The Train Has Left the Station: More on Teacher Pay-4-Performance

Close-up of fruit salad

Image via Wikipedia

Knowledge, someone said, is knowing a tomato is a fruit. Wisdom is not making a fruit salad out of it.

And that difference between knowledge and wisdom is how I feel about those state- and district-approved schemes that lean heavily upon “value-added” measures for a substantial portion of the judgment that a teacher is highly effective, marginally effective, or ineffective. Sure, I know that eager policymakers push value-added measures, flawed as they are, to evaluate and pay teachers; but it is unwise, even foolish, to make it the central measurement.  Tomatoes in a fruit salad? Better in a pasta sauce.

I say that even though that policy train filled with tomatoes has left the station. But down the track, the train might slow to a crawl as the engineers decide what to do with all that fruit, continue on the journey, or even return to the station. I offer three pieces of data that feel like a few tomatoes blown off the train.

Listen to a blogger for “Flypaper” who is a fellow at the Hoover Institution and a top official of the Thomas B. Fordham Foundation. Rather than devising new tests students take that will measure teacher effectiveness–the route that New York City is taking–he asks: why not trust principals to judge teachers? “If we can’t trust school leaders,” Mike Petrilli says, “to identify their best and worst teachers then the whole project of school reform is sunk. Not all the additional tests or teacher evaluations in the world can change that.”

The issue, of course, is not whether principals will evaluate teachers under any new evaluation process because their observations and their judgment do matter. The issue is how much weight among other factors should be given to principals’ informed opinions. As a gadfly, Petrilli advocates 100 percent, particularly  if principals have the authority “to link their evaluation decisions to … firing bad teachers, bumping salaries of their superstars–they will have reason to take the evaluation process more seriously.” Many of the comments to the post came from teachers who expressed outrage at principals having full sway over teachers’ future pay and status because of their biases, subjectivity, and–at the high school level–insufficient subject matter expertise. So “trust the principal” goes a mile too far but does underscore the importance of administrator observations. Just how much weight should be given to principals’ judgments?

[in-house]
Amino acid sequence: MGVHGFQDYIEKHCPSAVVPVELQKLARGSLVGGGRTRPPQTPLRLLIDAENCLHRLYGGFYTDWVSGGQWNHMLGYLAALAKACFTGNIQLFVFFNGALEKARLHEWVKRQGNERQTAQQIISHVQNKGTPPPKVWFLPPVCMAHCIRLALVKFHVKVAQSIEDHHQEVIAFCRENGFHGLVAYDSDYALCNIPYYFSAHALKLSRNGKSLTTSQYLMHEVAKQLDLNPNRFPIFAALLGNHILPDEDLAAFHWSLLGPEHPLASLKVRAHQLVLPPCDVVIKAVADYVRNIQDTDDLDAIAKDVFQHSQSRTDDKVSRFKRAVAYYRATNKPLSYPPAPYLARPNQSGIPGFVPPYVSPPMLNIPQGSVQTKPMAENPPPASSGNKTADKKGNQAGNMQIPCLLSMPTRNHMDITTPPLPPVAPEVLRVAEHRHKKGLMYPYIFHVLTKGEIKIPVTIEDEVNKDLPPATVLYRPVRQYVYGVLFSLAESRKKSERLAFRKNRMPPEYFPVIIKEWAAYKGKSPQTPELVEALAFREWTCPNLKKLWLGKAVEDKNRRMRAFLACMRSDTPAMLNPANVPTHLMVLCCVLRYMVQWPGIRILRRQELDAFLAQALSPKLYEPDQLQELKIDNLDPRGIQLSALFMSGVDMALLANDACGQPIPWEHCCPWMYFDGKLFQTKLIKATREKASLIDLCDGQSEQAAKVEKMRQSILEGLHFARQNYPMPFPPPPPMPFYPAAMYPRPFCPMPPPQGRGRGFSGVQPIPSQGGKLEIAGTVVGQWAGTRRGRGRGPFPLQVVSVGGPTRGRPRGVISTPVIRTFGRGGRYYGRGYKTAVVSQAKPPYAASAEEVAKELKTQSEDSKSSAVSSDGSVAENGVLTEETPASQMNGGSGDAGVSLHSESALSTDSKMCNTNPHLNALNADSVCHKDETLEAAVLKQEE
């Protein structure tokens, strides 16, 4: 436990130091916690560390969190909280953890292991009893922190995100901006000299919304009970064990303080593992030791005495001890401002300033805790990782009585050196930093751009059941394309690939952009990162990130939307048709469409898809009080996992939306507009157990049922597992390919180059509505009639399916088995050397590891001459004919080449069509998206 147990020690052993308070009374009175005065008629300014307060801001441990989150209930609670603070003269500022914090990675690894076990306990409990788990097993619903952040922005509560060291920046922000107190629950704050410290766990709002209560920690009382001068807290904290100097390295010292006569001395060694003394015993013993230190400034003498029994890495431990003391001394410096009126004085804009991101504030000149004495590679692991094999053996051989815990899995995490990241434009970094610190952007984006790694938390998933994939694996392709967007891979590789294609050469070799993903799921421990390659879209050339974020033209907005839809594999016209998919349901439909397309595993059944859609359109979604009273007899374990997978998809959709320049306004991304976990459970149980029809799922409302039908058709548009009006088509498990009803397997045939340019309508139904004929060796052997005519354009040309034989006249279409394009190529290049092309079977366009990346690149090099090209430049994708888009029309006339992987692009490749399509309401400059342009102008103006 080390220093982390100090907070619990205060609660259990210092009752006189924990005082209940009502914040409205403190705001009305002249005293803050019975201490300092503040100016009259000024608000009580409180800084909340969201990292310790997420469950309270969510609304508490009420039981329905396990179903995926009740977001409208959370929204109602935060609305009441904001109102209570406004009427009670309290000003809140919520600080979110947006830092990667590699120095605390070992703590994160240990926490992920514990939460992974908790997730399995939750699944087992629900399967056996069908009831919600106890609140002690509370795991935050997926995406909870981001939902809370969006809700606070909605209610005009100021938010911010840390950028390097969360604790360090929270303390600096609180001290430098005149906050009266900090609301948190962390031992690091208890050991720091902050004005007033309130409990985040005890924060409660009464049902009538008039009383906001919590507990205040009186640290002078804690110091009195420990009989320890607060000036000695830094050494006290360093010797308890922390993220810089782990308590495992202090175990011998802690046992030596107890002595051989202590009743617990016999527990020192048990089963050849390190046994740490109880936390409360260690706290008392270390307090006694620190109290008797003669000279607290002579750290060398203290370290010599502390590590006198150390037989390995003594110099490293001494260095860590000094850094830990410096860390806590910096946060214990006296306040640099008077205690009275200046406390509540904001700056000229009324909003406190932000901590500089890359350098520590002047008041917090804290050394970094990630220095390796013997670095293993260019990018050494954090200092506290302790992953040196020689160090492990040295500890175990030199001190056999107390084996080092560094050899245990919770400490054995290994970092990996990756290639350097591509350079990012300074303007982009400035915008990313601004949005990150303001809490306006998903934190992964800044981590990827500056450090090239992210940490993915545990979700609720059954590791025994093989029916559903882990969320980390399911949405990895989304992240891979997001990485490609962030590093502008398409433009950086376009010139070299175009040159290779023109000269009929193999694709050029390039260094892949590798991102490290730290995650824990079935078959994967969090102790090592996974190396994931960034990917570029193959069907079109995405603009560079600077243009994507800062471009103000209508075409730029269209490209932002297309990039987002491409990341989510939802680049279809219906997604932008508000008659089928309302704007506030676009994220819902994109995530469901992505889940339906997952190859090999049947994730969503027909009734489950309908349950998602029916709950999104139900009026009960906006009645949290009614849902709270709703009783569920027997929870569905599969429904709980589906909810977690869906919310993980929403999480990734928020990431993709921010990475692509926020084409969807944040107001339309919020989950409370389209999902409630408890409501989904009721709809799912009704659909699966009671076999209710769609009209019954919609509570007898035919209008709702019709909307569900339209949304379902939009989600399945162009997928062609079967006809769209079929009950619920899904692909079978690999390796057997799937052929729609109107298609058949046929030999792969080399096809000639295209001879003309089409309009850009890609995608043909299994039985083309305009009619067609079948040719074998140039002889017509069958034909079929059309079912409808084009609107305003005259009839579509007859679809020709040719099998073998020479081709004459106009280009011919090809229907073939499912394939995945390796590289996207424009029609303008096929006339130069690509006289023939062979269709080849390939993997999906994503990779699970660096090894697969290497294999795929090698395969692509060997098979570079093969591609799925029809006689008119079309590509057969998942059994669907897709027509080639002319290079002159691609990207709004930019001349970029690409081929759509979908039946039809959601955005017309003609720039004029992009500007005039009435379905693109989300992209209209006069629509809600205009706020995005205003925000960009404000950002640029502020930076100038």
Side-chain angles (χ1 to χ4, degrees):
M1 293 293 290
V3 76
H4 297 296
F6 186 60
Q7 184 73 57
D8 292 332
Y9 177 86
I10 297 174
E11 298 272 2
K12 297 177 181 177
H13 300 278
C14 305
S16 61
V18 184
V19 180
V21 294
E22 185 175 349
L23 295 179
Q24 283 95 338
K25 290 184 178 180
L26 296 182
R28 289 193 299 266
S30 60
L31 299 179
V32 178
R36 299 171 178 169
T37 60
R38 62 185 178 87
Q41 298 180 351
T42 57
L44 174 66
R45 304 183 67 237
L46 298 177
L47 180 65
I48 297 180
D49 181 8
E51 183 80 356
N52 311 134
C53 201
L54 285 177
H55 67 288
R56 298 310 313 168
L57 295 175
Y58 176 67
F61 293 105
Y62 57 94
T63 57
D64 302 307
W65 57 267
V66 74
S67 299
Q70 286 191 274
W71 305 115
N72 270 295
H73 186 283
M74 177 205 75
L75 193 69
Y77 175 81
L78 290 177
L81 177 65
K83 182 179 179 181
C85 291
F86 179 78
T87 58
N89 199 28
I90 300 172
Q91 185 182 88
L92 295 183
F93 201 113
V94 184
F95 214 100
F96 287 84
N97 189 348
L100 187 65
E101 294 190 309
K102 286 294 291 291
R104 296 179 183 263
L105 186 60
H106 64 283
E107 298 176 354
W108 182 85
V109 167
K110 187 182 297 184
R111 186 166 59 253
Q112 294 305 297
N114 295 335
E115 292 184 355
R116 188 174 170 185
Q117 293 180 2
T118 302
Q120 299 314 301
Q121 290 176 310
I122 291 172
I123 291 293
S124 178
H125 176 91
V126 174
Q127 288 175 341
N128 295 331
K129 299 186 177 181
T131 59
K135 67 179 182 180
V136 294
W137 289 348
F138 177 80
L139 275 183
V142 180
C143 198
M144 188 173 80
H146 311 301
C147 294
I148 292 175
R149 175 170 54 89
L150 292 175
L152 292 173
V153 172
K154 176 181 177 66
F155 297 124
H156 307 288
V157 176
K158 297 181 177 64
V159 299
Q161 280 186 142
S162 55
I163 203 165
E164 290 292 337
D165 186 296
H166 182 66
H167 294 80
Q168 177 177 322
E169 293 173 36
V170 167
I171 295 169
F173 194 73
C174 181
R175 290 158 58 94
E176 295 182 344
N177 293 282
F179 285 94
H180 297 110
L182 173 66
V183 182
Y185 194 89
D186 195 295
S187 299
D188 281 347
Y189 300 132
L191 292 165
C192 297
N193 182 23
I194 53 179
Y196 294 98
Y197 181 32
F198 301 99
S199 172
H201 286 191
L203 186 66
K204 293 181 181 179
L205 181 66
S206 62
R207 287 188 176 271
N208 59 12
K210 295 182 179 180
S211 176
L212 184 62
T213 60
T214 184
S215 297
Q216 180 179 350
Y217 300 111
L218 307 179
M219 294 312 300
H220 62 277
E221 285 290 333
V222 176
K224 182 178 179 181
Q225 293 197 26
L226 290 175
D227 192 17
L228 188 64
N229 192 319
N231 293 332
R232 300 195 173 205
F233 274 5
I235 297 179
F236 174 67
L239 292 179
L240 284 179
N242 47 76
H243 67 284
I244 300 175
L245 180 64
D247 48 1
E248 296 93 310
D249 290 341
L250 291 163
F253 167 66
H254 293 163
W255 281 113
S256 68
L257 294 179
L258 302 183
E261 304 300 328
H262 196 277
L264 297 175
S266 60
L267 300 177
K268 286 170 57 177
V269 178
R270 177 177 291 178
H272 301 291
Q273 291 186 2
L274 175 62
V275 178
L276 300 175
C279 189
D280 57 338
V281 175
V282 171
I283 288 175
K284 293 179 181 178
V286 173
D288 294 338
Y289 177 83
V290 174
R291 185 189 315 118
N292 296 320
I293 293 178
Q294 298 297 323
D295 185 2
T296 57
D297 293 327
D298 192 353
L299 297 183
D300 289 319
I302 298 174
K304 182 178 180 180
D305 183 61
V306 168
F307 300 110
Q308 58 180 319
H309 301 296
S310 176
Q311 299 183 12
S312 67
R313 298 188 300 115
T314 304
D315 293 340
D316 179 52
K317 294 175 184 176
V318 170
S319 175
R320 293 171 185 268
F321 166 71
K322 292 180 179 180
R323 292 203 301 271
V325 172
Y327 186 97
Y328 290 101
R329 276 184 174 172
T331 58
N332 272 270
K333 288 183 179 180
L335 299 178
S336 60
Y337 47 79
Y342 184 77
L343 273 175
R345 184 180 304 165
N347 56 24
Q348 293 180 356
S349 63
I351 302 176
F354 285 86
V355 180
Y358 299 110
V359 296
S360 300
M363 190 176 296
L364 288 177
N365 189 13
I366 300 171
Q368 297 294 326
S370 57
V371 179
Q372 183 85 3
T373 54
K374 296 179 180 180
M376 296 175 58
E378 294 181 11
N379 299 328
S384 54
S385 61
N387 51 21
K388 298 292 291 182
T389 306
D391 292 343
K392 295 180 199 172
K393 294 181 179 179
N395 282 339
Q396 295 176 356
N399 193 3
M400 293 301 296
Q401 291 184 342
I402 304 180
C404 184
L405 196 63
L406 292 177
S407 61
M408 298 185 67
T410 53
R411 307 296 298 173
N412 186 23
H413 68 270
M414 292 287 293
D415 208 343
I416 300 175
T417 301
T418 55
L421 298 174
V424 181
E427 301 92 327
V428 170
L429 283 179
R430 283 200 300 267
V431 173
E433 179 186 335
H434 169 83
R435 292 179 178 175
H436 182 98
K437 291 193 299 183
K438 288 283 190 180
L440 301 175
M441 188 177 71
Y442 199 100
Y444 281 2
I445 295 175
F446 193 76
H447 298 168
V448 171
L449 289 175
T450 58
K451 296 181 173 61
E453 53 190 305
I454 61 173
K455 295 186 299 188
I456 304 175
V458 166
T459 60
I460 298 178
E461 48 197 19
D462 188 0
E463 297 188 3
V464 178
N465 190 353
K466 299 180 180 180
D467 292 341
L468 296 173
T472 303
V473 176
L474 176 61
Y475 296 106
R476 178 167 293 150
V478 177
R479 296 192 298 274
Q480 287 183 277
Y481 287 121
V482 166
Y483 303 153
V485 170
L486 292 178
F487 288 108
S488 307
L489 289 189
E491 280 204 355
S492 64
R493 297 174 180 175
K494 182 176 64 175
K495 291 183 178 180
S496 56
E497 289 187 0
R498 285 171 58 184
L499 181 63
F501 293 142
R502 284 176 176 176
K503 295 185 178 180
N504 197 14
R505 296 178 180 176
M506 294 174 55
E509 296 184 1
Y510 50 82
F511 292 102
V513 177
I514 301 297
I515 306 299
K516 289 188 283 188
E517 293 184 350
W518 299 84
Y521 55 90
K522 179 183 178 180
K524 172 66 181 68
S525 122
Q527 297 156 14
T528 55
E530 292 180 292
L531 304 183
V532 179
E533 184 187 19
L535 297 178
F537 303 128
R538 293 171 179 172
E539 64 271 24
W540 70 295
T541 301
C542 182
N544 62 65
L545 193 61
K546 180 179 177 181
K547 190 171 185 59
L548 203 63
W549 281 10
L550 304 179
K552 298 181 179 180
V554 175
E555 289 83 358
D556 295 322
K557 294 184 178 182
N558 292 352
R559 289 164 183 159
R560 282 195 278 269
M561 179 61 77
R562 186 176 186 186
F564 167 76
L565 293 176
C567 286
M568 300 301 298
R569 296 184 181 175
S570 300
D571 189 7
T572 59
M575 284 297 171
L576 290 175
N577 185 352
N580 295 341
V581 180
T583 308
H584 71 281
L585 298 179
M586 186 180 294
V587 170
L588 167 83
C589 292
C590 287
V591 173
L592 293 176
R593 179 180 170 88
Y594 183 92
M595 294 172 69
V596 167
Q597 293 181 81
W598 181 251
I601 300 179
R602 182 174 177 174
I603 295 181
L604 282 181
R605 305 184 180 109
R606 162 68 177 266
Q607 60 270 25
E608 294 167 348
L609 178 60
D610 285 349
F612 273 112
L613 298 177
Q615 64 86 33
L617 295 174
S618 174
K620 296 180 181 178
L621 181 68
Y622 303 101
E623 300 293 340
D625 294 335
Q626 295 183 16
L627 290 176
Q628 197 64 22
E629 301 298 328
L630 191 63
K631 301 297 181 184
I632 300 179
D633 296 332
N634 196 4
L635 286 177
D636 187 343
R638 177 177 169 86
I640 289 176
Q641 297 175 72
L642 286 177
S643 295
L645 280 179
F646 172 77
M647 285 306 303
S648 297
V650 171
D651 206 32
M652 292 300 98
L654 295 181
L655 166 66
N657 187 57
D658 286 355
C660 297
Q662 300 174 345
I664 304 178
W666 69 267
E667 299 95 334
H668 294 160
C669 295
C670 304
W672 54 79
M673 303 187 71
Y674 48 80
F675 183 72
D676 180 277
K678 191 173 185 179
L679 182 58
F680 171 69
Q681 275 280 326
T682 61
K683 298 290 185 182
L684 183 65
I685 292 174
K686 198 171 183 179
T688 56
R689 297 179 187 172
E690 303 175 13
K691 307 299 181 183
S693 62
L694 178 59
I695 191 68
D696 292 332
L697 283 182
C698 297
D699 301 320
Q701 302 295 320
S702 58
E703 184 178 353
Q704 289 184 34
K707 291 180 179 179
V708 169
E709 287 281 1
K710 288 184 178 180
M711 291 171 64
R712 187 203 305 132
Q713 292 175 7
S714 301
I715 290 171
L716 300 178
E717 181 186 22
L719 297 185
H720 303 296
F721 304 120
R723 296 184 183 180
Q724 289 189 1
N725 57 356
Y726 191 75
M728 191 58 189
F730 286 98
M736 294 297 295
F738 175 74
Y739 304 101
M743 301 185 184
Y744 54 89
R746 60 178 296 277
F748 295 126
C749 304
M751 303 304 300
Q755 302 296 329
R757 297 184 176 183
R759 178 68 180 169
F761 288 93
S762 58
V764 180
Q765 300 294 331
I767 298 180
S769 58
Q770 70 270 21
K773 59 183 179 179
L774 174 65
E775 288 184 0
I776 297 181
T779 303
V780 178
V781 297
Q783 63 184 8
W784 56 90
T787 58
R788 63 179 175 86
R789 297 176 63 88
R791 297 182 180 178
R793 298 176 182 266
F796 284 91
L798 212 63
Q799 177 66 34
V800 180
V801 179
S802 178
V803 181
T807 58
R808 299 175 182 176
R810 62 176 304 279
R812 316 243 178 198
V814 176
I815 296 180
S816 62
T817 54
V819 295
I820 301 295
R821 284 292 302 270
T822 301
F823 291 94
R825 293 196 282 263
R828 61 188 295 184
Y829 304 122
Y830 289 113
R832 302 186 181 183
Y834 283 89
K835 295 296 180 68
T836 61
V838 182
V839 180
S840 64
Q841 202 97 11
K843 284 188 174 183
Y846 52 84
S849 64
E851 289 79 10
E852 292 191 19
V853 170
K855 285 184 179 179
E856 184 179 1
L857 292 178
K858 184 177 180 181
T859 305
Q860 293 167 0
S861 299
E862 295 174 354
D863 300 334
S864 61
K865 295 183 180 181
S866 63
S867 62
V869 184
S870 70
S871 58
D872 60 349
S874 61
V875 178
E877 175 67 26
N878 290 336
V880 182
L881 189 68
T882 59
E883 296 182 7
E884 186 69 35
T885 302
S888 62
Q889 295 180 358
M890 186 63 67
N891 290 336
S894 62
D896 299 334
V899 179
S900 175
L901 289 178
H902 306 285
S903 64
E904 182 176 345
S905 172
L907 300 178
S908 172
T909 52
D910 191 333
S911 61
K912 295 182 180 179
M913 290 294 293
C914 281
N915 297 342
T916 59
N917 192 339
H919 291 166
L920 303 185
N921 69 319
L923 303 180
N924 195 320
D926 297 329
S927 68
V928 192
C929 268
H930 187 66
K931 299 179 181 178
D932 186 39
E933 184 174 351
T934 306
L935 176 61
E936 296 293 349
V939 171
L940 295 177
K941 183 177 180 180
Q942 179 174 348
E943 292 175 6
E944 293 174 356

That is guesswork since factors in the equation for evaluating and paying teachers get added and subtracted weekly. Public Agenda just published a poll of young teachers (“Generation Y”) that surprised me. I had expected that young teachers who resent being given pink slips on the basis of seniority–last in, first out–would welcome the use of “value added measures” to determine effectiveness.  According to this poll, I was wrong. Only 10 percent of the teachers said students’ test scores were “very effective” in judging their performance.

Then, I saw that a New York City organization of young teachers called “Educators for Excellence,” established in 2010 to lobby against seniority-based layoffs, had published its “ideal” evaluation system. Again, I had expected the plan to be heavily dependent upon student test scores because the state in its desperate search for federal dollars through Race to the Top funds had already stated that 20 percent of an evaluation would be based on test scores (subsequently changed by the Board of Regents to 40 percent). I was wrong again. Of the six factors in the proposed system, “value added measures” would be 25 percent of the score. But here is what surprised me. Administrator observations would be 30 percent–exceeding test scores and the highest percentage among factors in the “ideal” plan.

Finally, there is the evidence that teachers and their unions can work together with school administrators to hammer out agreements to evaluate teachers fairly even reaching decisions to terminate their peers. So many examples ranging from Toledo (OH) to Denver (CO) to Montgomery County (MD) demonstrate the simple fact that where trust has developed between teachers and district managers, fairness and decisiveness can govern evaluation and salary decisions.

That policy train that left the station carried tomatoes; the engineers driving that train need to distinguish between knowledge and wisdom; they must decide whether  to put them into fruit salads or make a rich pasta sauce. Perhaps, they will make the right decision.

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Filed under dilemmas of teaching, how teachers teach

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